While only Komasa’s third feature, his directorial choices bring skill and artistry to the proceedings. The gorgeous outdoor photography by cinematographer Piotr Sobocinski Jr. is a notable facet. He and Komasa shot Corpus in south-eastern Poland. The most attractive image is arguably an establishment shot of a large washed-up boat where a group of young people party. The naturalism of the images provides Corpus with handsome cinematic distinction.
The shot selection is also imperative in amplifying perceptions and meaningful social roles. This is evident when Daniel first reaches the town. The long shot of the open field is beautifully framed and underlines Daniel’s isolation. He lacks purpose in the outside world, which stresses his decision to lie and attempt to become respectable. Reoccurring stylistic patterns enforce a similar thematic idea. One example is how Daniel is filmed in tight spaces and from the waist up. In one scene, he is filmed in the corner of his room smoking while studying the Bible. The narrow spatiality suggests his incompleteness because he lacks purpose in life and is lonely.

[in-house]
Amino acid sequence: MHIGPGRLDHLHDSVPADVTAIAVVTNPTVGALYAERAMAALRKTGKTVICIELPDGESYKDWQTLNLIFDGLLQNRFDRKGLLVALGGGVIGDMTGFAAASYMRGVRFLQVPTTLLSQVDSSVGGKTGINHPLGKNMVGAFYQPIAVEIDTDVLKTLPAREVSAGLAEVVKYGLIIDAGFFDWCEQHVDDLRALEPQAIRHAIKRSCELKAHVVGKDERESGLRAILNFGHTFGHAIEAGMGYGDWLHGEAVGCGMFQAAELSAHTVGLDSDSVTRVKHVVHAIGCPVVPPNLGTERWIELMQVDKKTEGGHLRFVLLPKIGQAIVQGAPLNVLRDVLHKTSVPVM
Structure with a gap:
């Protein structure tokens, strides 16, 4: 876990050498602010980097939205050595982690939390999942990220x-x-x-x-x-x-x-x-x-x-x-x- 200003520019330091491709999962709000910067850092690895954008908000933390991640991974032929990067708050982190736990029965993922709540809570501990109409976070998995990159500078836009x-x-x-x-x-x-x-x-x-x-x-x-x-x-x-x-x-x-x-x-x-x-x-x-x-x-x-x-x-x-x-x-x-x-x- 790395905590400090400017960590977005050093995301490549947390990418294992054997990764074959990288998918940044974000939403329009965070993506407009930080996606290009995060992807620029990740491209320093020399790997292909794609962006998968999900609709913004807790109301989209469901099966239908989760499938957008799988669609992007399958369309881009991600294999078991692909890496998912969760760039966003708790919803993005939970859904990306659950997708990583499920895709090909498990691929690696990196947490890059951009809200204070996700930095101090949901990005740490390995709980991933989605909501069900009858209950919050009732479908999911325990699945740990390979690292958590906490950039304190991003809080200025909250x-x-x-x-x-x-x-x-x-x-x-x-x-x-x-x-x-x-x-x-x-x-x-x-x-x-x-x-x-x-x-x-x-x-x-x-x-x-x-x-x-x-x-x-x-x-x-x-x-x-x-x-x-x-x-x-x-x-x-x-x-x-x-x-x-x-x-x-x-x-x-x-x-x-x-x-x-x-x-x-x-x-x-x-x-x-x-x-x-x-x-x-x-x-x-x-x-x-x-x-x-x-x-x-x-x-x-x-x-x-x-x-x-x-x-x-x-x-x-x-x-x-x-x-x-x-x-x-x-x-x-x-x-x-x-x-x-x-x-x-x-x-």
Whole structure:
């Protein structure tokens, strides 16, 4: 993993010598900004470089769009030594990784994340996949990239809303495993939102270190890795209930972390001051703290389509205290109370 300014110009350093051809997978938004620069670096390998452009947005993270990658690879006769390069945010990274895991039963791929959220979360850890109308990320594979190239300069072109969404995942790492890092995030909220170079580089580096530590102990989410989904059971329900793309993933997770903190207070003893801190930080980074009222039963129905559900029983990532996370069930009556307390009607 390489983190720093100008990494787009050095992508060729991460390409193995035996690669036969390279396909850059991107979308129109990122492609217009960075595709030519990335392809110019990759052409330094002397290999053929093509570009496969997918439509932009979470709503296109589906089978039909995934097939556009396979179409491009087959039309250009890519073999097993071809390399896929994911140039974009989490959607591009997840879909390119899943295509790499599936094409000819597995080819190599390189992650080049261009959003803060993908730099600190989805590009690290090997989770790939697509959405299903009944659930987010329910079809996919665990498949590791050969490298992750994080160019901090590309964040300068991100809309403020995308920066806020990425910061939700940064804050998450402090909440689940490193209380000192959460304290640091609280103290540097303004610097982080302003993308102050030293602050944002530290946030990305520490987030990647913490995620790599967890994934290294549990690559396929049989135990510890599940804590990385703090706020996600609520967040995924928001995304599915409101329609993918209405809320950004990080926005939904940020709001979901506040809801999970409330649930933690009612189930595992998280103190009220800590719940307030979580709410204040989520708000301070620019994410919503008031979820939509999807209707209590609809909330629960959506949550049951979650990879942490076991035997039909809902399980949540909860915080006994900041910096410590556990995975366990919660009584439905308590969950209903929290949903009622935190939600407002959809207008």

Komasa’s camera is used effectively to examine important mannerisms and to underline subtle contrasts. The way Daniel fumbles through Mass is tightly framed by the camera. As he draws from his experiences, his fresh, unconventional voice captures the town’s interest. During Mass, he declares that ‘heaven is on earth’. Consequently, the camera retracts so that his entire body is visible at the front of the church. It illustrates his fulfilment as his confidence grows and he feels accepted by the community. The decision to film him in mid-shots smartly climaxes with a full body shot during a crucial endpoint where his relationship with the town shifts.